The nautical world will always keep room in its heart for real teak decks.
But only on the boats of seriously diehard traditionalists.
For the rest of us, modern technology is providing increasingly effective synthetic substitutes.
They look and feel like the real thing but come at a fraction of the cost, need nowhere near the same level of maintenance; and, most importantly for many, go much easier on the planet’s precious ecosystems.
Probably the most convincing teak deck-imitating product on the global market is the British-made Dek-king.
And the extra good news for boaties in the Bay of Plenty and neighbouring regions is Dek-king New Zealand is based in Tauranga, at Hutcheson Boatbuilders.
If you’re contemplating installing a teak deck on your vessel and you’re not aware authentic old-grown teak is an increasingly rare and unsustainable resource, you should be.
And while plantation-grown teak is plentiful, opinions vary on the quality and durability of it.
What is undoubtedly true, however, is that it is eye-wateringly expensive.
Dek-king, however, is 100 per cent recyclable material, sustainable, and the advantages are numerous.
Firstly, it has the look and feel of real teak, but greater durability so will not deteriorate in the same way over time.
It’s fully welded, so it becomes a waterproof membrane, and doesn’t require re-caulking.
The only maintenance needed is keeping it clean, usually just with a scrub.
If you happen to get particularly bad stains you can actually sand them off.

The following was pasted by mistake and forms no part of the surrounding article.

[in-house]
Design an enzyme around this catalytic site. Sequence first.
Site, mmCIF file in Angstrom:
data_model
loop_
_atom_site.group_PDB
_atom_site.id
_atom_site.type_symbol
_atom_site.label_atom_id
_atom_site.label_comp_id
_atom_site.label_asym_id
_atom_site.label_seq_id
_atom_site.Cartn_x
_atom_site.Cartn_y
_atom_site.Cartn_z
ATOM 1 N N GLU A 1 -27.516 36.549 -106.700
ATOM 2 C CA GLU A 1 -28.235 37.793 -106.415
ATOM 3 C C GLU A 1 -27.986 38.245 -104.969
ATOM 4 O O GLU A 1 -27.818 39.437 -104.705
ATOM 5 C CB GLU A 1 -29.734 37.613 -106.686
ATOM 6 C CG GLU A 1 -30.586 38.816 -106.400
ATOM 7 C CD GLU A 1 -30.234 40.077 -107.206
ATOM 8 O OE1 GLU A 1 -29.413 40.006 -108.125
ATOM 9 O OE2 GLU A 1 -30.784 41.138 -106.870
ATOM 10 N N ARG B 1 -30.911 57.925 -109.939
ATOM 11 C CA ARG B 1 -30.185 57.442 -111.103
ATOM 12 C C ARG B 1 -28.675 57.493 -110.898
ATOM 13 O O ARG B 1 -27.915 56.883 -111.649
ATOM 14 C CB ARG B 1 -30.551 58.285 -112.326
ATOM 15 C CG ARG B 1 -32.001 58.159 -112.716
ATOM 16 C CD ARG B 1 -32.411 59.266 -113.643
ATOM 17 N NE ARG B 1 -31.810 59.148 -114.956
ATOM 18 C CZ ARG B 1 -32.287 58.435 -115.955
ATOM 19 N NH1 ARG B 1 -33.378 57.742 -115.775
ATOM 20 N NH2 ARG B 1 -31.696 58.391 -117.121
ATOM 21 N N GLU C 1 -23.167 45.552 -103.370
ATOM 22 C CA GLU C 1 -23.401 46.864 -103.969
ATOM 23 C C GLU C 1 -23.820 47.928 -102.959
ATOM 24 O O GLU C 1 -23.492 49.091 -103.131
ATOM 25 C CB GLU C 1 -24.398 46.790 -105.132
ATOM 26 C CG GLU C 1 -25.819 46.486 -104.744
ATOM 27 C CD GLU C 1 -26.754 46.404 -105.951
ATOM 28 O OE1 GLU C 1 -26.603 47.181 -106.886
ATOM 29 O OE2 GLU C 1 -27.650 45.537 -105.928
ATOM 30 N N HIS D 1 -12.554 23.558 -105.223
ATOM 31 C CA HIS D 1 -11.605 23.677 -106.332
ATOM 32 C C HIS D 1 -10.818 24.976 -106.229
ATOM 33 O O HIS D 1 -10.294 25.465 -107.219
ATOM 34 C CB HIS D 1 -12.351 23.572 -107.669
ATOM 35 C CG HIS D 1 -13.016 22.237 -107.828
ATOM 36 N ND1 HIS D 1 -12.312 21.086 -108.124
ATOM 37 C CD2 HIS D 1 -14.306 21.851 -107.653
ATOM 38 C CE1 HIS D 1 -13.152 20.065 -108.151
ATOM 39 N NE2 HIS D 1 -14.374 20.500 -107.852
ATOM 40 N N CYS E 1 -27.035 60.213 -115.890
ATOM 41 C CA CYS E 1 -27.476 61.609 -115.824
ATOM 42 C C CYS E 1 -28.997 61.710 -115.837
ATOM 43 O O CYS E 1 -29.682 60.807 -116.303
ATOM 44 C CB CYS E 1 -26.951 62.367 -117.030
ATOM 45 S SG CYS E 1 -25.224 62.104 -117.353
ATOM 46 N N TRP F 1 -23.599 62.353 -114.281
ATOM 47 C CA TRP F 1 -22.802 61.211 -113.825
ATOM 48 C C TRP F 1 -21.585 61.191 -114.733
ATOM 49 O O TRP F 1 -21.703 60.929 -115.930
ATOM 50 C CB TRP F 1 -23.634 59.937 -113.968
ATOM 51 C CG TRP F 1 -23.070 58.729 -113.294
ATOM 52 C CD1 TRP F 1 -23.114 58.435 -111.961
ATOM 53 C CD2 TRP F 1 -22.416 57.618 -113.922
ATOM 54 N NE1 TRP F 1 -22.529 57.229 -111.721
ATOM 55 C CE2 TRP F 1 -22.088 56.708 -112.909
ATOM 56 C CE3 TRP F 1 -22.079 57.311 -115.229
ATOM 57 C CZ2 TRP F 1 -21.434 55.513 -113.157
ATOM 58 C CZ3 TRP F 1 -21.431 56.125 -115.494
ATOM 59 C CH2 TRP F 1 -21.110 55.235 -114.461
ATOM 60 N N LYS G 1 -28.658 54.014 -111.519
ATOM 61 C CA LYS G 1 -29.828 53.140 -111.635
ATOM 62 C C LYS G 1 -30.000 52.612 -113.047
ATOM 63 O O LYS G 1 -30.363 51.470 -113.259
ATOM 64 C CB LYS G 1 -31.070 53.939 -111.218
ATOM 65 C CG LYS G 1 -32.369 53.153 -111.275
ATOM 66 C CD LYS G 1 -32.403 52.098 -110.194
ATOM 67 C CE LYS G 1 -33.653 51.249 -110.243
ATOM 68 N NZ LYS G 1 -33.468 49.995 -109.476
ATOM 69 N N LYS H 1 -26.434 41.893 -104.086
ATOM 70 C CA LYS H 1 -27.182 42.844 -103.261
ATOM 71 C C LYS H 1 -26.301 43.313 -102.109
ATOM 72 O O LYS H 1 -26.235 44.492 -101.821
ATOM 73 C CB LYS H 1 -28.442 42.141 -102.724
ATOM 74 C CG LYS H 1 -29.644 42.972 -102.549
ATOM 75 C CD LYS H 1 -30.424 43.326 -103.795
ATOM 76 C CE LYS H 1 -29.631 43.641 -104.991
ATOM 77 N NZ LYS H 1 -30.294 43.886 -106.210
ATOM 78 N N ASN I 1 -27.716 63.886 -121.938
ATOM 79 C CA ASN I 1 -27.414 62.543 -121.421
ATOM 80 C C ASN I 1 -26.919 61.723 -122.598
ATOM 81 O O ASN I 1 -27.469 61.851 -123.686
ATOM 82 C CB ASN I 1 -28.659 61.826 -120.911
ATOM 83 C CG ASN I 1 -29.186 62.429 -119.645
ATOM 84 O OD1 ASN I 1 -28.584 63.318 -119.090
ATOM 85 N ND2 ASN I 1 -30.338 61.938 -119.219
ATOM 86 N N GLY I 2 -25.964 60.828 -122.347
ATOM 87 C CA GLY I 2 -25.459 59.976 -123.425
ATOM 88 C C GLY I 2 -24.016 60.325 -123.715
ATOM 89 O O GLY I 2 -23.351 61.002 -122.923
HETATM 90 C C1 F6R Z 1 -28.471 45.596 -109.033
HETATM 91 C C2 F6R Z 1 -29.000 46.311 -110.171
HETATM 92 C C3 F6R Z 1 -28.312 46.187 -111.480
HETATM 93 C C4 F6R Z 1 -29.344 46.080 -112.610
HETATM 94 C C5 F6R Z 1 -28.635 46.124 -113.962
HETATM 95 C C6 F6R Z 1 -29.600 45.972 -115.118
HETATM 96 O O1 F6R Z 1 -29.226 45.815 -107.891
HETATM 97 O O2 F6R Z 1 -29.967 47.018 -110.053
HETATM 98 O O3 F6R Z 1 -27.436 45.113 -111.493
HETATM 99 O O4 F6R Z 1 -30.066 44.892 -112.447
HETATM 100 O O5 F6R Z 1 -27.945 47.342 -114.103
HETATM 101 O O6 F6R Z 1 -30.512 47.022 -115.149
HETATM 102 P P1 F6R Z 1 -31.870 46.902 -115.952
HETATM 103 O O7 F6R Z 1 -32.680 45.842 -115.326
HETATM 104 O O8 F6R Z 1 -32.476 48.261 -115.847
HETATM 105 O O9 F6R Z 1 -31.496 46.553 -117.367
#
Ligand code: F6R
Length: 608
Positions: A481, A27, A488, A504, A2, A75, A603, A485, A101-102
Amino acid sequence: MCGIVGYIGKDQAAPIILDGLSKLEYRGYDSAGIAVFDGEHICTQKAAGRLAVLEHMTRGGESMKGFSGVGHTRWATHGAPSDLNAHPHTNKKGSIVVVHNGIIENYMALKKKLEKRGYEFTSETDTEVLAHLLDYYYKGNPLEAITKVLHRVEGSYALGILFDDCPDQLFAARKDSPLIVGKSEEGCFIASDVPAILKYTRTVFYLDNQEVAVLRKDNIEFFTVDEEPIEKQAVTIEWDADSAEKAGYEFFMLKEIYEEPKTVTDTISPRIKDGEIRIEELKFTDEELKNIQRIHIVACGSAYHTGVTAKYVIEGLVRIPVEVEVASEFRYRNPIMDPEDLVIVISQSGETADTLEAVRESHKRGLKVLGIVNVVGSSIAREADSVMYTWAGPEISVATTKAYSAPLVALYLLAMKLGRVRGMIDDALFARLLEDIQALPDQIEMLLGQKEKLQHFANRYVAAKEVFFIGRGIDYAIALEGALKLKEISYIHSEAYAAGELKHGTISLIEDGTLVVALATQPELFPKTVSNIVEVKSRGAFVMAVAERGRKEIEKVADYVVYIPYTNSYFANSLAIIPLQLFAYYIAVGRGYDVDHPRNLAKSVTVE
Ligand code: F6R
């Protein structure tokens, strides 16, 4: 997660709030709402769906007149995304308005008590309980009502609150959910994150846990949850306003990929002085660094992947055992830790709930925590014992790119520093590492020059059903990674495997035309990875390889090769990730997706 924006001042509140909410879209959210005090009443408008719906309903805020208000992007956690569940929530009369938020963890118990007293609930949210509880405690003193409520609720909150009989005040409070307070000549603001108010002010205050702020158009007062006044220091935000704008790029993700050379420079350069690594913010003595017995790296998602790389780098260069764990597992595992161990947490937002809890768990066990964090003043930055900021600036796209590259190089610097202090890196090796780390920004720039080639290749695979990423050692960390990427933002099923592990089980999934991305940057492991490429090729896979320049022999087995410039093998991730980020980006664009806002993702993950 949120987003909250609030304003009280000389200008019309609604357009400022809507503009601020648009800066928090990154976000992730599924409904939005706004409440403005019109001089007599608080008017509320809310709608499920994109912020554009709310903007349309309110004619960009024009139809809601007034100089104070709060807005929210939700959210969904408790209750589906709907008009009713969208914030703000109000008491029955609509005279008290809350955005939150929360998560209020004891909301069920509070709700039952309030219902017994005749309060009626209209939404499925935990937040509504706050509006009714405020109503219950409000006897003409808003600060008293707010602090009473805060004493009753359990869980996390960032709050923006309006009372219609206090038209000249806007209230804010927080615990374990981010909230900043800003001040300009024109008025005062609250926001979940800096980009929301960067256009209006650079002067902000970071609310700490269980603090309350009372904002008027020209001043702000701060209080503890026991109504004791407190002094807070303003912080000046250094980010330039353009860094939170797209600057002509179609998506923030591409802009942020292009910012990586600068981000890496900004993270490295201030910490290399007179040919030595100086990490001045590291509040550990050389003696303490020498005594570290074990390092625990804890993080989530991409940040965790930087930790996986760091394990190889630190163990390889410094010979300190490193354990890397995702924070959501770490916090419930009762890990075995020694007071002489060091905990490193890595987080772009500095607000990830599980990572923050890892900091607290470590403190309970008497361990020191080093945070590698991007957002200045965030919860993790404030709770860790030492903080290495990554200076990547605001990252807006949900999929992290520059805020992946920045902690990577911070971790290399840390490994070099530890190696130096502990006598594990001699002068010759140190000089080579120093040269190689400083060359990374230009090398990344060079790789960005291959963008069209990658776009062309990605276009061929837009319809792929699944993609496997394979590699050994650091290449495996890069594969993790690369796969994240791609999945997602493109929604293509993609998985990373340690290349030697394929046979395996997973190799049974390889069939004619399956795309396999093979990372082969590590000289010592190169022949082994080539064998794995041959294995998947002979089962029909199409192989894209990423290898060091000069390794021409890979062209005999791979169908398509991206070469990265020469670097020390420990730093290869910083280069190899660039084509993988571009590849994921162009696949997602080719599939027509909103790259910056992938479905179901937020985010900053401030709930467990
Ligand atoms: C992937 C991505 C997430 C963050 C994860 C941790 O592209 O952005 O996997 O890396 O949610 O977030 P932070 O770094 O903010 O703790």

It’s so tough you will hardly reduce the thickness.
It’s lighter than real teak, and doesn’t get as hot.
It has more soundproofing, and probably more heat insulation as well.
Six colours are available, so you can have a brand new deck look or a grey weathered one – or something in between.
And one quality Dek-king claims to be unique to their product is its authentic woodgrain fleck effect, just like on natural teak.
Installation is also a key factor where Dek-king leaves real teak for dead.
It might be a half-day job to make the patterns on the boat, then once the panels are made up the time required to lay the matt on the boat varies depending on the surface preparation required, but typically might be around two days.
Contrast that with real stuff.
Your boat could be out of action for a month or six weeks, and imagine the labour costs involved with that?With such a list of advantages, and a price-tag getting down towards one-third of genuine teak, it’s no wonder synthetic options like Dek-king are the way the world is going.